Opening hours: 9.00 am – 4.00 pm Monday to Friday and Saturday from 10.00 am to 4.00 pm from Easter until October half term. Winter opening hours are Monday to Friday 9.00 am to 1.00 pm and Saturday 10.00 am to 2.00 pm.
Aldborough is an absolute gem full of individual old honey-coloured houses beneath red-tiled roofs. It’s a sleepy village where houses have names, not numbers – there’s even a Maypole on the village green which is still used.
Older than Boroughbridge, Aldborough was a Romano-British town called Isurium Brigantum, as it was the regional capital of the powerful Brigantes tribe from AD160.
Aldborough became an important crossing the Roman road that connected York, Hadrian’s Wall, and everything beyond to the Antonine Wall in southern Scotland.
Aldborough Roman Site
English Heritage manages the remains of the Roman Fort as Aldborough Roman Site. There’s a modest site museum that includes artefacts discovered during excavations, including coins, jewellery, and pottery.
Large sections of the Roman walls remain in places, and several sizeable Roman mosaics are exposed to view. The whole site is beautifully landscaped within a Victorian arboretum, making it a serene and enjoyable place for a stroll. Expect to spend up to an hour here, unless you’re passionate about archaeology and wish to linger for longer.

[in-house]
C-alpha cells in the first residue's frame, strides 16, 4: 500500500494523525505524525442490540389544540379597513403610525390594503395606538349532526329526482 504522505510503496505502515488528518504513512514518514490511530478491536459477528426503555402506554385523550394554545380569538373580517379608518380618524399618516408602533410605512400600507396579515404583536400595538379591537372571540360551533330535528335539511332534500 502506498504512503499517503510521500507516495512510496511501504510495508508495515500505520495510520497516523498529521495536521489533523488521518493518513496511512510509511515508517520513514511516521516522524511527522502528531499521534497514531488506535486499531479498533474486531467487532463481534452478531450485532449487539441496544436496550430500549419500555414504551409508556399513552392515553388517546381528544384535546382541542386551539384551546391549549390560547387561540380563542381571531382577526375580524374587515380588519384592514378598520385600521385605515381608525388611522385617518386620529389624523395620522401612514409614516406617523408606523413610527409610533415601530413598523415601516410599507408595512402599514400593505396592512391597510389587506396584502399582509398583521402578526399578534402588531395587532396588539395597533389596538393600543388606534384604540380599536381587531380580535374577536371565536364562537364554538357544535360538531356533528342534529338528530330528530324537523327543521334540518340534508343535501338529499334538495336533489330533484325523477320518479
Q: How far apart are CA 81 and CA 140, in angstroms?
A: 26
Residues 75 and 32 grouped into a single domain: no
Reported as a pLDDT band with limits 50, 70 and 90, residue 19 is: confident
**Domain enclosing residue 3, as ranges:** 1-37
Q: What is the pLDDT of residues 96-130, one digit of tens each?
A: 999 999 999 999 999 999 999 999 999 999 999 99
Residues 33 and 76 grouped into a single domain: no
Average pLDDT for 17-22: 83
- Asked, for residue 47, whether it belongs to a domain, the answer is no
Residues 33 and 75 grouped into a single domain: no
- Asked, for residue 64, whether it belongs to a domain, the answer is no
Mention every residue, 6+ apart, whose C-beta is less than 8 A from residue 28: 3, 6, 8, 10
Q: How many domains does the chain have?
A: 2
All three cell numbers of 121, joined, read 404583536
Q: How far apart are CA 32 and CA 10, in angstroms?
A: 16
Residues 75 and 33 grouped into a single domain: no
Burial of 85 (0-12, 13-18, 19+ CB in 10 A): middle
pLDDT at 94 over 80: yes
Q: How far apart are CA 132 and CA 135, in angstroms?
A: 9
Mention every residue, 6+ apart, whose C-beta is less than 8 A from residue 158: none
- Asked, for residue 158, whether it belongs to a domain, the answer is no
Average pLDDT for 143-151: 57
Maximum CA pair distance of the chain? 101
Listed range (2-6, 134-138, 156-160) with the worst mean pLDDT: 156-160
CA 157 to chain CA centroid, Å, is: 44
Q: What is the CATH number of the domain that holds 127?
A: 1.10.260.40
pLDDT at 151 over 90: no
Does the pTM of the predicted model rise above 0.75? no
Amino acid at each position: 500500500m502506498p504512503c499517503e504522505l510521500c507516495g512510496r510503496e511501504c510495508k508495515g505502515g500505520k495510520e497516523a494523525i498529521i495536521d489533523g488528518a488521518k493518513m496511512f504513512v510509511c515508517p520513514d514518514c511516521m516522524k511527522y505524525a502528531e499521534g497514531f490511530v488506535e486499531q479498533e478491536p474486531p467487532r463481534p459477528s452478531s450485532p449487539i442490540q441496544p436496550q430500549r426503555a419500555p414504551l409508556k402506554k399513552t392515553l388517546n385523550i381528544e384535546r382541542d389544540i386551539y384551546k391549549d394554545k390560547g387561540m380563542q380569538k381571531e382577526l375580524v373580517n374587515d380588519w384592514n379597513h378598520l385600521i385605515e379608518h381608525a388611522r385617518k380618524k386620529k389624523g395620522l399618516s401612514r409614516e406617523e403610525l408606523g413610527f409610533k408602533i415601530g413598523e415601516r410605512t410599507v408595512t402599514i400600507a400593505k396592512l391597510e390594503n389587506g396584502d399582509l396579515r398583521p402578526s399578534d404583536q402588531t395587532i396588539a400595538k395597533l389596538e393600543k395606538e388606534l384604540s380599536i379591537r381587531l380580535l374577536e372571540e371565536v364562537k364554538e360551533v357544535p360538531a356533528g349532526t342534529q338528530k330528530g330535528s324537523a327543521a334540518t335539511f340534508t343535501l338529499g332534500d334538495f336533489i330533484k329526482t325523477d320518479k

Opening Hours: Saturday and Sunday only from 10 am to 5 pm
Entrance Charge: £5.00
Location: There’s no dedicated parking at the Aldborough Roman Site, except for disabled visitors. Postcode YO51 9ES. The best place to park is the free car park at Boroughbridge – about 1 mile away (a very pleasant 15-20 minute stroll from the Roman site).
The Bomber Memorial
Aldborough’s village green bears a memorial plaque to the crew of a Lancaster bomber that crashed near Aldborough on 2 February 1944.
The crew who served with 432 Squadron of the Royal Canadian Air Force were based at Eastmoor. They were on a training flight when their aircraft caught fire.
The skilled pilot avoided a crash-landing into the village. Instead, he managed to bring the plane down on Studforth Hill, just to the south of Aldborough. Seven crew members lost their lives in the crash, but their sacrifice saved the lives of many in the village. The plaque was erected by the villagers of Aldborough on the 50th anniversary of the crash in 1994.
The Aldborough Village Stocks
On the green next to the plaque are the restored village stocks where wrongdoers were put on public display. The stocks originally stood on the marketplace in Boroughbridge. When the medieval church on the marketplace was pulled down in 1851 the stocks were removed and brought to Aldborough where they stand in front of the old courthouse.